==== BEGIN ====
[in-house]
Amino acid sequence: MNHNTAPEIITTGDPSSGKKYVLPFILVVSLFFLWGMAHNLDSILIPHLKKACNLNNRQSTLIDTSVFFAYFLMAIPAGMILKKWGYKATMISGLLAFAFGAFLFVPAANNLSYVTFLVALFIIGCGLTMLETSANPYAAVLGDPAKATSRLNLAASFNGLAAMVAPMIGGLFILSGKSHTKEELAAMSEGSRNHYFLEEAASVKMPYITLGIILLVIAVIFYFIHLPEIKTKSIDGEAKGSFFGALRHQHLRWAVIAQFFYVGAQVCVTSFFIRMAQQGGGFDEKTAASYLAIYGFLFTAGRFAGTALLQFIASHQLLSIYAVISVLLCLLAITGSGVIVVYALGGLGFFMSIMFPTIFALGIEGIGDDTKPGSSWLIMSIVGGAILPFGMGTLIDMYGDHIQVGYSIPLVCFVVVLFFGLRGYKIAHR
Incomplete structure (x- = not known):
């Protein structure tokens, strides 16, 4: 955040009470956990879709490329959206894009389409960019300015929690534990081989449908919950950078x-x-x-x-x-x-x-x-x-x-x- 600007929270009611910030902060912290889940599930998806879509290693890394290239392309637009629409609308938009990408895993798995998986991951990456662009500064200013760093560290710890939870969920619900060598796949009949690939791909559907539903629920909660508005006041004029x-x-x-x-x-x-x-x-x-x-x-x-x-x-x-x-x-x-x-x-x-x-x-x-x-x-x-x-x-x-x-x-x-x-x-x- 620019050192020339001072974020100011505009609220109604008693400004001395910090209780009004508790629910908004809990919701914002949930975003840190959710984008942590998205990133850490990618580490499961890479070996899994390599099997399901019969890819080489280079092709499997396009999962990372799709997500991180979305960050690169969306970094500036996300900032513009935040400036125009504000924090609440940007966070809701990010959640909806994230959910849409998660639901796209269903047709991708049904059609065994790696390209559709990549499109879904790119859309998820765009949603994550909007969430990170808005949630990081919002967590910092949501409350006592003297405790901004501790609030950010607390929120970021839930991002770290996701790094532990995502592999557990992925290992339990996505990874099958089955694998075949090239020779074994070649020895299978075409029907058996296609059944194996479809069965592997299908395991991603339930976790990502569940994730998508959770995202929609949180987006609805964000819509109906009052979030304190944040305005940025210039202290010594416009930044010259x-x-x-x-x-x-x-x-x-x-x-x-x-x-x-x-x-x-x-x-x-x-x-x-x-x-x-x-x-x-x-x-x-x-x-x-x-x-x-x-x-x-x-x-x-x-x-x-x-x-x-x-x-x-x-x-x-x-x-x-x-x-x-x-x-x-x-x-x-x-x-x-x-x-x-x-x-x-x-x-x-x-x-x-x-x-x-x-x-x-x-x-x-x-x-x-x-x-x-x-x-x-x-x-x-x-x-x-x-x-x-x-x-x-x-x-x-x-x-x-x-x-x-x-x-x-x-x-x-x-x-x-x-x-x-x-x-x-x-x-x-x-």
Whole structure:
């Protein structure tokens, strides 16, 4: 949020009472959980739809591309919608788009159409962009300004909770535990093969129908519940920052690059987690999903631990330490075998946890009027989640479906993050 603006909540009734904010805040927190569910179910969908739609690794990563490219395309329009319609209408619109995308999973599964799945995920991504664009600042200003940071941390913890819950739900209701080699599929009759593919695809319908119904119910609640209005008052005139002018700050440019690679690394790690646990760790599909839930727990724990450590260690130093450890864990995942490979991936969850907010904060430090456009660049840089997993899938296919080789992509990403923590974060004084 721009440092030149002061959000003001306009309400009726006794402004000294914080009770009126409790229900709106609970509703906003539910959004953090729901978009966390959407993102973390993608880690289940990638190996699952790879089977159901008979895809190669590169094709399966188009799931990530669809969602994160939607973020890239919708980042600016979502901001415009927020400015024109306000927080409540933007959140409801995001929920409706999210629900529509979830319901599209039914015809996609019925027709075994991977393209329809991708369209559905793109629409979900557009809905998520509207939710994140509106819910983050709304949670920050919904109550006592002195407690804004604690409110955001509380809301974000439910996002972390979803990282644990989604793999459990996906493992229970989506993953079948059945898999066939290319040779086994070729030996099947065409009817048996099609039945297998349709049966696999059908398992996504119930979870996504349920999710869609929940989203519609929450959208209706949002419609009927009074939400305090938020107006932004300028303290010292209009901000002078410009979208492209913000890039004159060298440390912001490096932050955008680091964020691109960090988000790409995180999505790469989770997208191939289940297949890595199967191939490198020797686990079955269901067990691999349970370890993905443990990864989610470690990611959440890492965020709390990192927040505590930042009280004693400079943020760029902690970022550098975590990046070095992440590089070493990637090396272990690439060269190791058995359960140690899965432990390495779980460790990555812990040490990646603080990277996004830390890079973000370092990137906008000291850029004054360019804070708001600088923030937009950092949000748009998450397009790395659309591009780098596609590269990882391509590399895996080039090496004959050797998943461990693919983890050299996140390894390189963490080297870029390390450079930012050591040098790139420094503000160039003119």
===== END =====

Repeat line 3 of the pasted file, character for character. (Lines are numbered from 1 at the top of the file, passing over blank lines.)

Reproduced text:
Incomplete structure (x- = not known):